Monday, 21 June 2021

Duo pile on runs as Henley march on

Duo pile on runs as Henley march on

HENLEY recorded their third consecutive win of the campaign and stretched their lead at the top of Division 1 of the Home Counties Premier League to 14 points with a five wicket win against visitors DATCHET last Saturday.

Going into the match Datchet started the day in second place in the table and ended it in third behind High Wycombe, having amassed just six points for their efforts.

In winning the toss and electing to bat on a good wicket, Datchet needed to post a big defendable score in order to have any prospect of winning the game.

By the seventh over, that ambition was severely compromised as they slumped to 14-3.

Under intense pressure from the home side from the off, plenty of playing and missing preceded the first wicket as MCC young cricketer Mead fluffed a pull and played on. He was soon followed by fellow young cricketer Barrett, caught behind, and 13-2 soon became 14-3, Haley caught at slip for a duck.

It was now a time for the visitors to consolidate and avoid losing any more wickets anytime soon which Brookes (another young cricketer) and Dickinson undoubtedly achieved, but at the price of snail-like progress such that when Dickinson (38 off 75 balls) departed, adjudged lbw to Ali Raja, it was over 36 and just 103 runs were on the board.

Miserly bowling and sharp fielding played their part, but the incoming Joe Thomas demonstrated what a more expensive approach could achieve with 59 off 40 balls that included five sixes and put a dent in Tom Nugent’s figures which were more than decent — 10 overs, two maidens, 4-47. After 50 overs Datchet had 216 runs to show for their efforts. This was not nearly enough and soon became apparent, though not before skipper Mike Roberts was out for a duck fourth ball in, and Jack Davies ran himself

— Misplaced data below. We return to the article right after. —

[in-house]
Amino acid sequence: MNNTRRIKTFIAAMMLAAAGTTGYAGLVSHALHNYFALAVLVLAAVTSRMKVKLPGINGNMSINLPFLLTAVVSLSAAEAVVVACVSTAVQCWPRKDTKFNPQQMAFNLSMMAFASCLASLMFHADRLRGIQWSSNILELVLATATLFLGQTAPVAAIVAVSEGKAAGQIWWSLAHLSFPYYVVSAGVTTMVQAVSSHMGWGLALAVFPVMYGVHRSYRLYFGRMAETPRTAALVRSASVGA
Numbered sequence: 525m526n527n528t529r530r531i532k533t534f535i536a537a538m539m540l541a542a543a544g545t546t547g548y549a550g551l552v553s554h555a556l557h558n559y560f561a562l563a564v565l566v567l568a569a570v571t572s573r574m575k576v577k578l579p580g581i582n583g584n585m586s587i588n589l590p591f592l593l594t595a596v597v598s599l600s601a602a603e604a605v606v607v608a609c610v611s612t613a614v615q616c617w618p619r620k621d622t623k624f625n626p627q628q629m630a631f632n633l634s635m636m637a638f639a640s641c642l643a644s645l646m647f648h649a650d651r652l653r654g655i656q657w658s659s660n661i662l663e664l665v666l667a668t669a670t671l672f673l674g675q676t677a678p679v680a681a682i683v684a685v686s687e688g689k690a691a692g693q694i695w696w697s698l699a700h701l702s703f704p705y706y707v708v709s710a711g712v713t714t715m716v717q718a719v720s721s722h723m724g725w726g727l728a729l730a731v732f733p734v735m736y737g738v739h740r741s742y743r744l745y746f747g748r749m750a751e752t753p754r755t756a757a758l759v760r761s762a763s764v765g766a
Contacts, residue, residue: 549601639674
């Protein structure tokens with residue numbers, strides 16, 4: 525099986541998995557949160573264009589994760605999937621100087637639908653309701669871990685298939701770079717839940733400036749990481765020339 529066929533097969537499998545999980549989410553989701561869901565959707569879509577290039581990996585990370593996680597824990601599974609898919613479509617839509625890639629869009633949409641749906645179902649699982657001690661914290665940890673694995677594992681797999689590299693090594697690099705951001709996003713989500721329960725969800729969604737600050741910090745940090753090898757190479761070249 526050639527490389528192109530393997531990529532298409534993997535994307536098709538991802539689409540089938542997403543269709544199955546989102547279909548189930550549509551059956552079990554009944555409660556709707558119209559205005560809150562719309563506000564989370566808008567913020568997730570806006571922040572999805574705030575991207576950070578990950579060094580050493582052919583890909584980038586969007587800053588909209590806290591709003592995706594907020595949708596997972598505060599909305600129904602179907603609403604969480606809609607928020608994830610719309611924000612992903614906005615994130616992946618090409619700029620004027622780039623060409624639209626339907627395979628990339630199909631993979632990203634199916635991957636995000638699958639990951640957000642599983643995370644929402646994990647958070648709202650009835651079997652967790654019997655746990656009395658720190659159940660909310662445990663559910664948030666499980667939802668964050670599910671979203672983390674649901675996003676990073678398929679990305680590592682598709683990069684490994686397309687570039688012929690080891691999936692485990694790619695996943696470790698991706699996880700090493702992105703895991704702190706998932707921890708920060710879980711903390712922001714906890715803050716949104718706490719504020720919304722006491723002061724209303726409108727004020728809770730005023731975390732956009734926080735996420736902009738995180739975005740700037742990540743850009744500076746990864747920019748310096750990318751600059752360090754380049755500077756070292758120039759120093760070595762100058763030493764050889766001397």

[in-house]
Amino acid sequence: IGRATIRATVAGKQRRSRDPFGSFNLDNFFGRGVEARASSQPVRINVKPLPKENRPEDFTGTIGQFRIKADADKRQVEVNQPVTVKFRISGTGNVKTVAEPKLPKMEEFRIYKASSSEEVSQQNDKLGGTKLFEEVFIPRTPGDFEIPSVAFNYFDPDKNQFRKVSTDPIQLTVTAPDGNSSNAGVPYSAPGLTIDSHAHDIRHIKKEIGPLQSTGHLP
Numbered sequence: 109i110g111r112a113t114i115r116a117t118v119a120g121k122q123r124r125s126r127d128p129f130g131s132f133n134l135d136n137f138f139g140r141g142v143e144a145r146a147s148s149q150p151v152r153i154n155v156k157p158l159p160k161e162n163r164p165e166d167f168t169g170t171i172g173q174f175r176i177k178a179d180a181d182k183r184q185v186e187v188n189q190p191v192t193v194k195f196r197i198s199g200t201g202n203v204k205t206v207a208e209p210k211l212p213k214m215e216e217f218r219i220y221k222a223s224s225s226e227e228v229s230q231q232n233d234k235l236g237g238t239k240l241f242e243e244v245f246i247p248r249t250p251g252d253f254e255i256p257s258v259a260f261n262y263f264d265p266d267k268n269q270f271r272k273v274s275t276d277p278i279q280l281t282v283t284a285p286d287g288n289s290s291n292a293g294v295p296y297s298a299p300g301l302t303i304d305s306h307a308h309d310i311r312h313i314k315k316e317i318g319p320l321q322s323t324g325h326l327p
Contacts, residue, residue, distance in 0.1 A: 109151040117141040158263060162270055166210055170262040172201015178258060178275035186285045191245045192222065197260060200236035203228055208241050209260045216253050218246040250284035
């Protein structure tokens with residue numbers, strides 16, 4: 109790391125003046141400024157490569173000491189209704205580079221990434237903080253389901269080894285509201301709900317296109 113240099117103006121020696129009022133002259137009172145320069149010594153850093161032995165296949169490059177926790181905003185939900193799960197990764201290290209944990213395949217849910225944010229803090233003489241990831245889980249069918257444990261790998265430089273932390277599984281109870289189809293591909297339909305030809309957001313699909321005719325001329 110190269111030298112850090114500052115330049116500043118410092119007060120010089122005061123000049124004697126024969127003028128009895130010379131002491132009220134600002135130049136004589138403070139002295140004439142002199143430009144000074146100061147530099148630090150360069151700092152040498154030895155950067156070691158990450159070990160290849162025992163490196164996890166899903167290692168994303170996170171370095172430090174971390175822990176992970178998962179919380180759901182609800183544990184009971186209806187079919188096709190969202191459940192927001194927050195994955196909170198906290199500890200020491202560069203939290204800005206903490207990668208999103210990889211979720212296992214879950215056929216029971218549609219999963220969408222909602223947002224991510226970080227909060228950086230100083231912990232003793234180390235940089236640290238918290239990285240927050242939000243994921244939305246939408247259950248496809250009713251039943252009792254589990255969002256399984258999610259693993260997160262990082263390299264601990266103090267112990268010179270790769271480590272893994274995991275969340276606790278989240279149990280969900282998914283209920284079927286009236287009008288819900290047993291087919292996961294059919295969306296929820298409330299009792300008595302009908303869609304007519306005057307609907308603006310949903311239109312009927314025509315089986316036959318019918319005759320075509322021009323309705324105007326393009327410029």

out, Akhtar scoring a direct hit with a return throw from the deep.

By the 10th over, Henley were 63 runs to the good and way ahead of the Duckworth Lewis method of scoring which was academic on a fine sunny afternoon.

There was little about the Datchet bowling that perturbed either Tom Scriven, who continued where he had left off the previous week at Buckingham, and Richard Morris, scoring his first Henley runs of the campaign.

Both went onto score 70 apiece and the dismissal of these two owed more to themselves than the opposition. But when Scriven was out, in came the dependable Euan Woods to add 39 runs of 36 balls. Euan Brock cross-batted a four down the ground and it was all over when Dickinson contrived to bowl five wides.

In this format of the game, recording the result as a five wicket win does scant justice to Henley’s dominance, which was such that the job was done with 10 overs — a fifth of the available overs — unbowled.

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